New York woman fired after donating kidney to help boss

NEW YORK Tue Apr 24, 2012 6:46pm EDT

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NEW YORK (Reuters) - A New York woman who donated a kidney so her ailing boss would move up the transplant waiting list says she was fired shortly after the operation, according to a complaint she filed with the New York State Division of Human Rights.

Deborah Stevens said her former employer, Atlantic Automotive Group, discriminated against her over disabilities brought about by complications from the surgery, and she plans to sue the company for lost earnings and damages.

The company, which runs car dealerships on Long Island, said Stevens's complaint is groundless.

"My gal is just a good-natured woman who's trying to save a life and as soon as she did it, everything changed," said Stevens' attorney Lenard Leeds on Tuesday.

"When she wanted to take time off, she was scolded, she was yelled at," he said. "Instead of being sympathetic, they were very hostile towards her."

Stevens, of Hicksville, New York, said she learned that Jacqueline Brucia, who worked at Atlantic Automotive, was in need of a kidney in November 2010. Stevens had worked there as well but at the time had temporarily moved to Florida.

Stevens said she told Brucia she would donate a kidney.

"Brucia declined, but told her, ‘You never know, I may have to take you up on that offer one day,'" the complaint said.

Stevens learned the company would rehire her following her return to New York and not long afterward, Brucia told her a potential donor had not been approved by the hospital and asked if she was still willing to donate.

Stevens now believes Brucia was "grooming (Stevens) to be her ‘back-up plan,'" the complaint said.

Stevens's kidney was not a good match for Brucia, but she agreed to donate it to a stranger in St. Louis, Missouri, setting up a transplant chain that enabled Brucia to receive a better-matched kidney from a donor in San Francisco.

Surgeons removed Stevens's left kidney in August, and she returned to work about a month later. The surgery left her with damaged nerves in her leg, digestive problems and mental health issues, her lawyer said.

At work, Brucia became "curt and dismissive," the complaint said. Stevens said she was berated for taking sick days and forced to relocate to a less desirable office after she complained to human resources about Brucia's behavior.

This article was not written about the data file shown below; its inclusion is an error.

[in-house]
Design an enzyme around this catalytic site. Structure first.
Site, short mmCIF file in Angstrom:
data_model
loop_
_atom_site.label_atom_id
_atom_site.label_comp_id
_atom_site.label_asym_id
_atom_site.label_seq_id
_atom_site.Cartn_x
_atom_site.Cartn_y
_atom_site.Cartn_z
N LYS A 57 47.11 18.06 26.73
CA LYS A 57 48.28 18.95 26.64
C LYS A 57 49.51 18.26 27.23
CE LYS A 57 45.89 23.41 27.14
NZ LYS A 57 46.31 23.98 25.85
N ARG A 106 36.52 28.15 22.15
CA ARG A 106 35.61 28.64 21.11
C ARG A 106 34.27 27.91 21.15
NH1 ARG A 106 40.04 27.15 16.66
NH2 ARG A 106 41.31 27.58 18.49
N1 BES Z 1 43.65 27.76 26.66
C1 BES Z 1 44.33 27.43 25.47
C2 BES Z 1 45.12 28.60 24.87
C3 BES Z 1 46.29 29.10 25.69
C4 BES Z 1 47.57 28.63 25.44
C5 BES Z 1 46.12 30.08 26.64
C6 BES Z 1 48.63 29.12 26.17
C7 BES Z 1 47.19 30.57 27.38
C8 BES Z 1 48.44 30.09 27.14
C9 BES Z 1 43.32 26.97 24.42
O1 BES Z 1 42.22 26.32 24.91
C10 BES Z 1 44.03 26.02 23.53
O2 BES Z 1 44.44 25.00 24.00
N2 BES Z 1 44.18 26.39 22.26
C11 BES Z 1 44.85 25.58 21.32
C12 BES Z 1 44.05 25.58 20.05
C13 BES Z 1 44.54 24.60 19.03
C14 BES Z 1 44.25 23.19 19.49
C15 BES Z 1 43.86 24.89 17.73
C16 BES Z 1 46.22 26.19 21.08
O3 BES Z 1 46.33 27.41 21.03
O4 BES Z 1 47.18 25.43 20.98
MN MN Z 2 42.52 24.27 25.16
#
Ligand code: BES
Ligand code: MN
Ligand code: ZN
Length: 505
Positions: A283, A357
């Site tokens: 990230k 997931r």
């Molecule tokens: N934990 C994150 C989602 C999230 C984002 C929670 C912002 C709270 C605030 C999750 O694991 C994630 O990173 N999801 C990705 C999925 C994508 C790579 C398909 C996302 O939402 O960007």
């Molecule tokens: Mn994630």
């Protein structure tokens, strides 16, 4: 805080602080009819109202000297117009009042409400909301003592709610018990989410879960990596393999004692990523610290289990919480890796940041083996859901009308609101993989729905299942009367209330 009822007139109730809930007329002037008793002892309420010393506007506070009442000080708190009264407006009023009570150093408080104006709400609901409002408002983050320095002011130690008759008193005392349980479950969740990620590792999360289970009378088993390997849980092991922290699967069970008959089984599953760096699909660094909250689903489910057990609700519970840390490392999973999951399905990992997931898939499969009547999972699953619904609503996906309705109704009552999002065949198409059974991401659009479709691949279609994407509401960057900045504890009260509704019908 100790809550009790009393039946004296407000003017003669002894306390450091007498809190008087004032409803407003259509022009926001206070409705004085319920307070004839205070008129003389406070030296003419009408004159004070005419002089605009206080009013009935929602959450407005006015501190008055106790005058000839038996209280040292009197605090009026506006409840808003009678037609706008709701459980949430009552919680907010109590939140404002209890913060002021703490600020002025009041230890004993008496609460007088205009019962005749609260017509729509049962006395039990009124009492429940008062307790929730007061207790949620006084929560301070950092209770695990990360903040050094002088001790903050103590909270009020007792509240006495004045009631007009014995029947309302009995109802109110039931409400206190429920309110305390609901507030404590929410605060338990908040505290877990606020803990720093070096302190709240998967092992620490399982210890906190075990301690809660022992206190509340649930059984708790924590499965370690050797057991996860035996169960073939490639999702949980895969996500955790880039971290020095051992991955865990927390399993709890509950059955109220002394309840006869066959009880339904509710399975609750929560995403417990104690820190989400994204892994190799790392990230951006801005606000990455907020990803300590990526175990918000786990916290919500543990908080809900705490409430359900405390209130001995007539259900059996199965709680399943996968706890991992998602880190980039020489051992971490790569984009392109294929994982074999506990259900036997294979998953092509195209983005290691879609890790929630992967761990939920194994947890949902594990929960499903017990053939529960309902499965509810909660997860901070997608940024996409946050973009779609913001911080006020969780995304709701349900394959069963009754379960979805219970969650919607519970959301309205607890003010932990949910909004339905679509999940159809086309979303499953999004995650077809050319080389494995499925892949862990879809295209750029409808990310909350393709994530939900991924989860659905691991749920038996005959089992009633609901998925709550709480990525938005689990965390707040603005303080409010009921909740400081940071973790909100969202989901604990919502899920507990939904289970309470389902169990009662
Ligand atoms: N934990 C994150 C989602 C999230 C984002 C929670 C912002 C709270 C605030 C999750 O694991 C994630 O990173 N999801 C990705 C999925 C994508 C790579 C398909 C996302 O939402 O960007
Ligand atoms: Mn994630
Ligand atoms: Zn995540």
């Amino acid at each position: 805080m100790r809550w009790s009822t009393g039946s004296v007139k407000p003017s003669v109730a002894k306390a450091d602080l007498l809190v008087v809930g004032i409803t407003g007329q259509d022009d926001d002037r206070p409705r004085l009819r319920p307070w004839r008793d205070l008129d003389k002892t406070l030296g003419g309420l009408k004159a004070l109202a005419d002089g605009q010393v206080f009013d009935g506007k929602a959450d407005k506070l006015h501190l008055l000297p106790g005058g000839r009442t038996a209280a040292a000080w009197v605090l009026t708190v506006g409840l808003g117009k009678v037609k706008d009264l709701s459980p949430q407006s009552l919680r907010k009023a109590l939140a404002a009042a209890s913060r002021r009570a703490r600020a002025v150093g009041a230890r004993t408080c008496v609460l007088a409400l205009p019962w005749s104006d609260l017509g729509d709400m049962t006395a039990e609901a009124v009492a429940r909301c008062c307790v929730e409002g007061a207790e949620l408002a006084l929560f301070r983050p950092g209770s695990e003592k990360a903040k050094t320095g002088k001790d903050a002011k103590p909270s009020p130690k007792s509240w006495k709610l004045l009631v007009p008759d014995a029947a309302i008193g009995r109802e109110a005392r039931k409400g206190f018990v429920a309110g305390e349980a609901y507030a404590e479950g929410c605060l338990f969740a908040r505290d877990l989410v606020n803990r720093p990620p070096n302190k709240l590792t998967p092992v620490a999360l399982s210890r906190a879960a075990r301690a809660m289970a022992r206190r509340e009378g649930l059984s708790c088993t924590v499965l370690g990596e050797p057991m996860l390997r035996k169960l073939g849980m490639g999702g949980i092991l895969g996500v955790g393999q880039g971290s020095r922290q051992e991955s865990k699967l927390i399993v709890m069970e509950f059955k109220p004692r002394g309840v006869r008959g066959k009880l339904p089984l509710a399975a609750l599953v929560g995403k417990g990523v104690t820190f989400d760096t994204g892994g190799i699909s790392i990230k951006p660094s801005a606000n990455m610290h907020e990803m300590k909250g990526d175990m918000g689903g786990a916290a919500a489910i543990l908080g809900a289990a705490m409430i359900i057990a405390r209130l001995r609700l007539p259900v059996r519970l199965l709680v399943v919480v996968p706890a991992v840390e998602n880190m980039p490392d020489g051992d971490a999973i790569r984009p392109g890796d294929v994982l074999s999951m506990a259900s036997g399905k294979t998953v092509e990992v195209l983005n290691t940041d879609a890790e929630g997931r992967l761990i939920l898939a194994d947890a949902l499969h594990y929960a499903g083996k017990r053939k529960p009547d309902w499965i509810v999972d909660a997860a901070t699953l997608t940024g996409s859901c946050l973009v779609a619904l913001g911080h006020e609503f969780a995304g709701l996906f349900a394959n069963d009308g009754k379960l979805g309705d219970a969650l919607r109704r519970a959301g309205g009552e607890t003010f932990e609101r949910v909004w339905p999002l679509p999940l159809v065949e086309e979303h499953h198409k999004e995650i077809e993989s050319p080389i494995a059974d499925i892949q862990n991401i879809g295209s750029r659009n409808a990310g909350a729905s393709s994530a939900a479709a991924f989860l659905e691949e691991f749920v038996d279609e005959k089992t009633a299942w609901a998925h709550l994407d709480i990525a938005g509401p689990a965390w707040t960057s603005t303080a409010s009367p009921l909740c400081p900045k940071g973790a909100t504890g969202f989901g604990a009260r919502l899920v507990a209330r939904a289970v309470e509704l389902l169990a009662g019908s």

On April 11, the company fired her, citing performance reasons.

Stevens's lawyer said the complaint filed with the Division of Human Rights last week was a necessary step before a federal lawsuit is filed against Brucia and the company.

Telephone calls to Brucia's home were not answered on Tuesday.

Atlantic Automotive released a statement saying: "It is unfortunate that one employee has used her own generous act to make up a groundless claim.

"Atlantic Auto treated her appropriately and acted honorably and fairly, at every turn," it said.

(Editing By Ellen Wulfhorst and Eric Walsh)

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Comments (5)
MetalHead8 wrote:
Wow thats dirty

Apr 25, 2012 12:11pm EDT  --  Report as abuse
wendy007 wrote:
Only in America.
Perhaps the Virginia lady who won the lottery twice could help this generous woman out?

Apr 25, 2012 1:21pm EDT  --  Report as abuse
KidneyDonor wrote:
I donated a kidney to a stranger and now have a project to help others who need a kidney.

I know very many people who have donated a kidney – including donors from my kidney matches. No one got fired from this job. This is very rare and I don’t think that anyone should be afraid to donate a kidney out of fear of being fired. However, maybe not a bad idea to discuss with boss and maybe get it in writing, that you would not get fired for donating a kidney . I don’t know if this is possible. There needs to be some sort of protection for donors as it is not fair to get forward for doing a great deed like this.

Chaya Lipschutz
Kidney Donor & Kidney Matchmaker.

Apr 25, 2012 4:23pm EDT  --  Report as abuse
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